The ECPA governs law enforcement access to private electronic communication. This statutory privacy is not absolute; however, the law recognizes that law enforcement must be able to conduct its work. But the government’s power to have access to electronic communication unlimited. Like protections afforded by the Fourth Amendment to the U.S. Constitution, the law spells out limits upon government intrusion in this area of private life.
Government agents must take specific steps before intercepting communication over the Internet, gaining access to stored communication, or obtaining subscriber information such as account records and network logs from Internet service providers. Generally, they must issue subpoenas or seek and execute court orders such as search warrants. Greater degrees of invasiveness require court authority. Thus investigators can subpoena basic subscriber information, but they must obtain a search warrant for examination of the full content of an account.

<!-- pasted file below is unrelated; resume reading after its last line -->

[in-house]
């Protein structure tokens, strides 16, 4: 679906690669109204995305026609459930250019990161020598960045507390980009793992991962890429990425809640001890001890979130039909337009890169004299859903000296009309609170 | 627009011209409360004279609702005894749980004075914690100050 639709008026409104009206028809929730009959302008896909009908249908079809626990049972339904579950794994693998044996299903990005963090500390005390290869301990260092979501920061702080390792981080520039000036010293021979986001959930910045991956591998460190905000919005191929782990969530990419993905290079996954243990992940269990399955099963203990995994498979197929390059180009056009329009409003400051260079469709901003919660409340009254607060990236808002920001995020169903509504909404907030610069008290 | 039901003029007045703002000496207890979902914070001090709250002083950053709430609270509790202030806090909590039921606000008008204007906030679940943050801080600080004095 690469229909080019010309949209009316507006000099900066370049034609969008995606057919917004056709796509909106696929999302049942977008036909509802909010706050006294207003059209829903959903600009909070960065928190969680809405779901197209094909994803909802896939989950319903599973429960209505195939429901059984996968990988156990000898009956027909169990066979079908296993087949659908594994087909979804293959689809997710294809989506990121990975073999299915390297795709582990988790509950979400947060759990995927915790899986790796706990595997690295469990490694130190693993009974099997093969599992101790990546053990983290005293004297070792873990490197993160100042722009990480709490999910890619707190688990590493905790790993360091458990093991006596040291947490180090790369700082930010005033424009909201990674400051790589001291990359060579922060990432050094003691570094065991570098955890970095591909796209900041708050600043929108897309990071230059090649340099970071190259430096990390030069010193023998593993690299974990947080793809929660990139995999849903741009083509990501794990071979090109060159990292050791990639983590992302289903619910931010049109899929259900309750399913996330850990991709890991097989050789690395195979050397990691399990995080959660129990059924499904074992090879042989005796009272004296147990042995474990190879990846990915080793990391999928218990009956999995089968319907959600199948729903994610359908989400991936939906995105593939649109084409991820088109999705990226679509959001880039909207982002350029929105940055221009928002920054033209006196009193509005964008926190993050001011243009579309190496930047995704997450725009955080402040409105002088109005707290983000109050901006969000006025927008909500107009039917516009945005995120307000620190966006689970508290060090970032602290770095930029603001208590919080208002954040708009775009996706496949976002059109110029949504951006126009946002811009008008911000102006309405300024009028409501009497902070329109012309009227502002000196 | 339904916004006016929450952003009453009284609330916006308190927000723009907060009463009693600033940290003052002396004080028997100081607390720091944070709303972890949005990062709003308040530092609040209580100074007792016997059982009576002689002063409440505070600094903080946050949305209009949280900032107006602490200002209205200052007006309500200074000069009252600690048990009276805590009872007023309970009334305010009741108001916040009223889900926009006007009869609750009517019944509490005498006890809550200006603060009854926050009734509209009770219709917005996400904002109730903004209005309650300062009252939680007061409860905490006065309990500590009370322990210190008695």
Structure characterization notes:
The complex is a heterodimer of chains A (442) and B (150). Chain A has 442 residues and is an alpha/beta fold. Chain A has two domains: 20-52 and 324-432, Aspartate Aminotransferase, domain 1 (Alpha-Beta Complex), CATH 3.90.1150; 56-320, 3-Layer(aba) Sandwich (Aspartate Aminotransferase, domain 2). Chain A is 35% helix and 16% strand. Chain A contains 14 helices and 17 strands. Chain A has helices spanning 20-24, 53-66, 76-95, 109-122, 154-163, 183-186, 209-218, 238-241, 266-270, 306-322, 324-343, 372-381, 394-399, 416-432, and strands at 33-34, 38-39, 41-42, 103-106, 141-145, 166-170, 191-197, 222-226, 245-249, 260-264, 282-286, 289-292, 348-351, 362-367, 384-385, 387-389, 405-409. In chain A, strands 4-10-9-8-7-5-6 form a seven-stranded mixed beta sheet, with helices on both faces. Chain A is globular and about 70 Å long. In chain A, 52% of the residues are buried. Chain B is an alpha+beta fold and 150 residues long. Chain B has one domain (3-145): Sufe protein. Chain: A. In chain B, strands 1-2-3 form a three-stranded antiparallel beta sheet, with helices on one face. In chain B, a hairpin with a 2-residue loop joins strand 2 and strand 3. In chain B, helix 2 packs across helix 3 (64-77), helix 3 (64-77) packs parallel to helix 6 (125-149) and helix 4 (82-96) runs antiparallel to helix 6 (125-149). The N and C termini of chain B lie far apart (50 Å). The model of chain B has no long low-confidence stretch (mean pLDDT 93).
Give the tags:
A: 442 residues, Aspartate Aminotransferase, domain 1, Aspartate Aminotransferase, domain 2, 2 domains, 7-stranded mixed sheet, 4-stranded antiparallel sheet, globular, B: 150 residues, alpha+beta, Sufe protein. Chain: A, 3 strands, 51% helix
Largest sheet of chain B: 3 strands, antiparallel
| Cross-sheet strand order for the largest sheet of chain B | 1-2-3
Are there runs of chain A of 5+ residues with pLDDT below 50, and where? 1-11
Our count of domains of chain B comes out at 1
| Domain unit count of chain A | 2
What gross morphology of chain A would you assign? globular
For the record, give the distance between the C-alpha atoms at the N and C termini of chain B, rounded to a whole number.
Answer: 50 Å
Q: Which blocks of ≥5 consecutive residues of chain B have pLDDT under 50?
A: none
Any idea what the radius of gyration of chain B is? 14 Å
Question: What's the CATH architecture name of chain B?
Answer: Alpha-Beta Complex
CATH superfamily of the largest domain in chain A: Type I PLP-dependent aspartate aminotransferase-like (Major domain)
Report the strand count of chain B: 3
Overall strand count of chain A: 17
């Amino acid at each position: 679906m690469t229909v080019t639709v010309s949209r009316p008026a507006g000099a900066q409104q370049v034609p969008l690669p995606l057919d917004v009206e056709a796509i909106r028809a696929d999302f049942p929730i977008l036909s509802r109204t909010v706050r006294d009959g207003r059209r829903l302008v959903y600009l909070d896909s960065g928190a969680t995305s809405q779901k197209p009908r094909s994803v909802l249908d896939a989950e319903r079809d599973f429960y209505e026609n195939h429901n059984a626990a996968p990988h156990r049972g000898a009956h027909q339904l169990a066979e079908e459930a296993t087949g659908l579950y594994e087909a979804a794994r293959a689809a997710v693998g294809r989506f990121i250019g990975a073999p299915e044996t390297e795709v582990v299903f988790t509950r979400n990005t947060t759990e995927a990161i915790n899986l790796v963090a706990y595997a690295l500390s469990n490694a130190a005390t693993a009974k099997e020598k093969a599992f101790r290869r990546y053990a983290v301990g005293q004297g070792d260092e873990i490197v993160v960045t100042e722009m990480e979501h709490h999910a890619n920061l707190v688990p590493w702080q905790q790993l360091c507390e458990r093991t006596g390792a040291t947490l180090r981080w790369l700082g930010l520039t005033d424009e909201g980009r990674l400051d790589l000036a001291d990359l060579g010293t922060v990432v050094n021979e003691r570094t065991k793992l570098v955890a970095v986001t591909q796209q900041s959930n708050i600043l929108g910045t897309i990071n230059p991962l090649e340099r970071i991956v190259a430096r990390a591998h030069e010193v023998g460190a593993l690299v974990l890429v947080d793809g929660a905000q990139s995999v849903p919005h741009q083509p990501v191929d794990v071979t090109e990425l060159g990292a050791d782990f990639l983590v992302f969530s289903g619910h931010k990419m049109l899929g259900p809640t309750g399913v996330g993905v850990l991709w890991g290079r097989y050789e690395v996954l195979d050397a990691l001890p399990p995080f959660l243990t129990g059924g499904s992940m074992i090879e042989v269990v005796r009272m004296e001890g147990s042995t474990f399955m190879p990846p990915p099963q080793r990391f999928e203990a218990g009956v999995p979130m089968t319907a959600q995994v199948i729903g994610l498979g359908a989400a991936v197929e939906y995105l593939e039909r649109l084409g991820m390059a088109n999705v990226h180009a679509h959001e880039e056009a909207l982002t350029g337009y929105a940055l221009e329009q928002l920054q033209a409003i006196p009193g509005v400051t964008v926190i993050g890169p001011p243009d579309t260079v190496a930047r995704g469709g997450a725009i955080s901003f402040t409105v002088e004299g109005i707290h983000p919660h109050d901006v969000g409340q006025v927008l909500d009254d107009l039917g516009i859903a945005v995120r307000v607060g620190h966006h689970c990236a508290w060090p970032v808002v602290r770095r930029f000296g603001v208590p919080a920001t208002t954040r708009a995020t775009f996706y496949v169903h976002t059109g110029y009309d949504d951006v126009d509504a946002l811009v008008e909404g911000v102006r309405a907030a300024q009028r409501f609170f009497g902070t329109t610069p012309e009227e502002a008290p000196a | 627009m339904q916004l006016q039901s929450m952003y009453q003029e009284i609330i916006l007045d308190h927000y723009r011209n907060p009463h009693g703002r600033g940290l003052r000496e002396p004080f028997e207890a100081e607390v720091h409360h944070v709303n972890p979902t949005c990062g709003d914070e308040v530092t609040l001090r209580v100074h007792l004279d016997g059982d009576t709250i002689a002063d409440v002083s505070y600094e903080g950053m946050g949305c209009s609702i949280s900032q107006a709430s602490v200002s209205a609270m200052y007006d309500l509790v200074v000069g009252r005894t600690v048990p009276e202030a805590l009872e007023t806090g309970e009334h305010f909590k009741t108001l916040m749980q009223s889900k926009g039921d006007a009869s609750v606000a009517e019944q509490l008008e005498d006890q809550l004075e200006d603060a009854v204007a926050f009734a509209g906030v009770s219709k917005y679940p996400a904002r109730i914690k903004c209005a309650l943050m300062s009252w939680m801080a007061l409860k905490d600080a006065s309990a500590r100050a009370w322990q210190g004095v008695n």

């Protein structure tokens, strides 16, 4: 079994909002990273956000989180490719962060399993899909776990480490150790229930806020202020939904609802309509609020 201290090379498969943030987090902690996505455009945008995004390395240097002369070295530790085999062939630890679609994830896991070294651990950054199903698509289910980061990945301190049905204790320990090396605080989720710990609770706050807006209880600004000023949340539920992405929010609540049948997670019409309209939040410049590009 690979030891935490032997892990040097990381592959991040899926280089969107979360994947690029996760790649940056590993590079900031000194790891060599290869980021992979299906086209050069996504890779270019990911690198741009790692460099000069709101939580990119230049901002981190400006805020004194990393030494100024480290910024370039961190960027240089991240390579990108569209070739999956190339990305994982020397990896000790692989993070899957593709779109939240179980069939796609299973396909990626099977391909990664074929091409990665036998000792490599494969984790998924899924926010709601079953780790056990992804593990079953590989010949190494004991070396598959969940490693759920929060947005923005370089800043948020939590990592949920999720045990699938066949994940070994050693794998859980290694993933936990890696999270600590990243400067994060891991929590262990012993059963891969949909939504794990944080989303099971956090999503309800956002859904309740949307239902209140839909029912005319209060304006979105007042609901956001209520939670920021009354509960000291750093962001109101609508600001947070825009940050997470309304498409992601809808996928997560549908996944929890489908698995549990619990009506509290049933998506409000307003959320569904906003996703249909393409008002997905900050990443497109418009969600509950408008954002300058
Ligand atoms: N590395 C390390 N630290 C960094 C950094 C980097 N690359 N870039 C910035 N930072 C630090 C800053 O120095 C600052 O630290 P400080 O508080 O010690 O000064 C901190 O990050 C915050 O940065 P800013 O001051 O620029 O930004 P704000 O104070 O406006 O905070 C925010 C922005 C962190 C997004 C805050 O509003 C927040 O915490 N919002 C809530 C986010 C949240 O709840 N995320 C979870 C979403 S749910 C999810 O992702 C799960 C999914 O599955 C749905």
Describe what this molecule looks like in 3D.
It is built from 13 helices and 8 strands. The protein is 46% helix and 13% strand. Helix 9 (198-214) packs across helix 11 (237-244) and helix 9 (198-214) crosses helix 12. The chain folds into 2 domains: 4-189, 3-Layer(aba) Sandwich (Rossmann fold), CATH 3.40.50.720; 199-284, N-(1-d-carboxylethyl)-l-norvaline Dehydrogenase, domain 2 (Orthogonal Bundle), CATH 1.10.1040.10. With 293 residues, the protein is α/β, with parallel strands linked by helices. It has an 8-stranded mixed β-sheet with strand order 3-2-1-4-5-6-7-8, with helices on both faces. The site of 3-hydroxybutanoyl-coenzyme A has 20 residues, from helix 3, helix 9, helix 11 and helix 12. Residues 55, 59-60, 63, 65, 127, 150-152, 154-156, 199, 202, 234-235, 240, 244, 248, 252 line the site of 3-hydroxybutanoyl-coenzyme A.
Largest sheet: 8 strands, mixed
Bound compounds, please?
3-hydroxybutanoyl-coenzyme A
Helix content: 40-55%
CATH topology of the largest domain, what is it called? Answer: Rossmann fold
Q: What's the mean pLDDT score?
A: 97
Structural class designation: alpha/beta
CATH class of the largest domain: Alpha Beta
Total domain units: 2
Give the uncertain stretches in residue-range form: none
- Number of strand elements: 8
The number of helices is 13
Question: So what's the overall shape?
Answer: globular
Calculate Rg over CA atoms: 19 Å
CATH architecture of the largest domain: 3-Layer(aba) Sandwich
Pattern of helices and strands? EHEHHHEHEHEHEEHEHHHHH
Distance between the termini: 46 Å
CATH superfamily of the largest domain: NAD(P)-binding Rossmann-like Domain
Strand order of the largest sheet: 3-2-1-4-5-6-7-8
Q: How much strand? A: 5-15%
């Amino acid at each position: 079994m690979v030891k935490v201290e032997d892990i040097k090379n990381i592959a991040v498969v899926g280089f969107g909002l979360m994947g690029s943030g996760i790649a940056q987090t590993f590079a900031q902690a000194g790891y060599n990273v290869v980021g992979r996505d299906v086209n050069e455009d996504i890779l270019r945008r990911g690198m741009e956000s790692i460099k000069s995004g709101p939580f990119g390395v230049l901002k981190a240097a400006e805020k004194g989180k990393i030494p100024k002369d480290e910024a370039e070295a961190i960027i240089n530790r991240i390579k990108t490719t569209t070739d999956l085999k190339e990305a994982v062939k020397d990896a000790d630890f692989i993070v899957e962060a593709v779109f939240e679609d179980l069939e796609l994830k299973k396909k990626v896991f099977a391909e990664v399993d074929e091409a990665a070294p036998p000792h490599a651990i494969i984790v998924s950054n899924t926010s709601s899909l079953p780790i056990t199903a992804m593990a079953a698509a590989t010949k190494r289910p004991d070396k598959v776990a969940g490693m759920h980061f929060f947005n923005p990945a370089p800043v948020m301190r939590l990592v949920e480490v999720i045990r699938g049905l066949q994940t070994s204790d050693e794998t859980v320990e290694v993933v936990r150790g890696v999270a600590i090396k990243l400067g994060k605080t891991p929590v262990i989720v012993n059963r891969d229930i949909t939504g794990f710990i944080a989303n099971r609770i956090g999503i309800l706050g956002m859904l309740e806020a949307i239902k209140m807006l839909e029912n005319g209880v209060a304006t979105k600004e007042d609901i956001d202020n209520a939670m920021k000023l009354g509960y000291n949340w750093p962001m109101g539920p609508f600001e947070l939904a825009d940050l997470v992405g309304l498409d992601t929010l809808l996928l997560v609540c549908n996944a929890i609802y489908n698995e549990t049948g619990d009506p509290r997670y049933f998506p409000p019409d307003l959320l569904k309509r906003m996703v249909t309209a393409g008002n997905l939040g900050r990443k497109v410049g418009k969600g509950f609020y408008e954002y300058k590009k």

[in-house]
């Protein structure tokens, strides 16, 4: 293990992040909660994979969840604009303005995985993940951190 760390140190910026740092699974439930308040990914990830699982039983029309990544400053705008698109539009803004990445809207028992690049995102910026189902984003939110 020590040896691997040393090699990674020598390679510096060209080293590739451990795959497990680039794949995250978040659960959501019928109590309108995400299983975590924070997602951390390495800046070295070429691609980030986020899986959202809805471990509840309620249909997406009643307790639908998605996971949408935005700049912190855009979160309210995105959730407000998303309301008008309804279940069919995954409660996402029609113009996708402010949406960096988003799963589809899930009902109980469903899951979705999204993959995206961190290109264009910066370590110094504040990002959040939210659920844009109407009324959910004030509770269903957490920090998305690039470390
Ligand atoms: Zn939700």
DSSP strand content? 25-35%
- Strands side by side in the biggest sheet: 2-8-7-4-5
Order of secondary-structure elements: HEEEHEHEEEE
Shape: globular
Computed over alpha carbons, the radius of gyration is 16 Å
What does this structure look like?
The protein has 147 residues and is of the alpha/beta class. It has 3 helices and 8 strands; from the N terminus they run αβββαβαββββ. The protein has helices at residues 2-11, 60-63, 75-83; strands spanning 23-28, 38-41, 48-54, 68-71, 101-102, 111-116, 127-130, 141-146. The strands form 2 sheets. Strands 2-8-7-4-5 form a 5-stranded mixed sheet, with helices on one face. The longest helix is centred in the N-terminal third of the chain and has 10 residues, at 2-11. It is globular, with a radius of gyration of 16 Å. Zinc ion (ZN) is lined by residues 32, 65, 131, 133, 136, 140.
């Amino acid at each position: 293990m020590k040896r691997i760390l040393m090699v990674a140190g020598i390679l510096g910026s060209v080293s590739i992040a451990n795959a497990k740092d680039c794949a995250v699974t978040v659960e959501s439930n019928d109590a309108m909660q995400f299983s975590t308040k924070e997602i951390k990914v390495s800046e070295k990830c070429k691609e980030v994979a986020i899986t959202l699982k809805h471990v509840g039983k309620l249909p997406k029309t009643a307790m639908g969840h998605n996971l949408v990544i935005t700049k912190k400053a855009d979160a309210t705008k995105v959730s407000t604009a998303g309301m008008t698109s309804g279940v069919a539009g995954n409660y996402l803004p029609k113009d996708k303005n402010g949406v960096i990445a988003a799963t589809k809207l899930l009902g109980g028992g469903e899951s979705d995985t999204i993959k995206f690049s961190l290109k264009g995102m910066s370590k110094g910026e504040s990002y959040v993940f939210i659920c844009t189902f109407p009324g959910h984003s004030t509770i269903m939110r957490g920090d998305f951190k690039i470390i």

An additional exception is created for employees or agents of the Federal Communications Commission (FCC). They may intercept or disclose communications in the normal course of employment duties or in discharging the FCC’s federal monitoring responsibilities spelled out in Chapter 5 of Title 47 of the United States Code.